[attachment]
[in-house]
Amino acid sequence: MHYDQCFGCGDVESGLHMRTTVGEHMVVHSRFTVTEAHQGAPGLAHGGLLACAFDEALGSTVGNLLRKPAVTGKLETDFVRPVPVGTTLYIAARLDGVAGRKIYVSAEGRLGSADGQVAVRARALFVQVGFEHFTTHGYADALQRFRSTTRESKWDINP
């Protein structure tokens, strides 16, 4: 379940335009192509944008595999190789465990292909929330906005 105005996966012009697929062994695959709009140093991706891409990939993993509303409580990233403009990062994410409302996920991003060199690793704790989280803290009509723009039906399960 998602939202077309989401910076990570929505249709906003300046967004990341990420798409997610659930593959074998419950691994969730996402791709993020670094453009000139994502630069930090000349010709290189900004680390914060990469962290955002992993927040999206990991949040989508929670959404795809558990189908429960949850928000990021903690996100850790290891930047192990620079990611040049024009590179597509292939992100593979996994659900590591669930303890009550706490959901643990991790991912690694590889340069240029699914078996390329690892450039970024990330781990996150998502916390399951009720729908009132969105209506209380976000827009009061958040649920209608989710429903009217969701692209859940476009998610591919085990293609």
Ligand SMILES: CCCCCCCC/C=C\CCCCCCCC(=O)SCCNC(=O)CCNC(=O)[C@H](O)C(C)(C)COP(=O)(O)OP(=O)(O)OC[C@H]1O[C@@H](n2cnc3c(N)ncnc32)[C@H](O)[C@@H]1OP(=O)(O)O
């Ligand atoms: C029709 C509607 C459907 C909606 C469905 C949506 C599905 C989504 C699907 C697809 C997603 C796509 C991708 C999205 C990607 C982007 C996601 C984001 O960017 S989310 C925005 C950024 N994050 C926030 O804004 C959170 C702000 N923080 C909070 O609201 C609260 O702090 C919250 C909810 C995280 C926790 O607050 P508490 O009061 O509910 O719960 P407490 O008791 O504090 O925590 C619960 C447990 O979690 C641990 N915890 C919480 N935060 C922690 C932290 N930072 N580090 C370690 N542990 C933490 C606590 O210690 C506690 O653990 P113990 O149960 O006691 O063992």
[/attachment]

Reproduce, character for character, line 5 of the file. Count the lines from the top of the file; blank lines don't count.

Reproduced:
């Ligand atoms: C029709 C509607 C459907 C909606 C469905 C949506 C599905 C989504 C699907 C697809 C997603 C796509 C991708 C999205 C990607 C982007 C996601 C984001 O960017 S989310 C925005 C950024 N994050 C926030 O804004 C959170 C702000 N923080 C909070 O609201 C609260 O702090 C919250 C909810 C995280 C926790 O607050 P508490 O009061 O509910 O719960 P407490 O008791 O504090 O925590 C619960 C447990 O979690 C641990 N915890 C919480 N935060 C922690 C932290 N930072 N580090 C370690 N542990 C933490 C606590 O210690 C506690 O653990 P113990 O149960 O006691 O063992």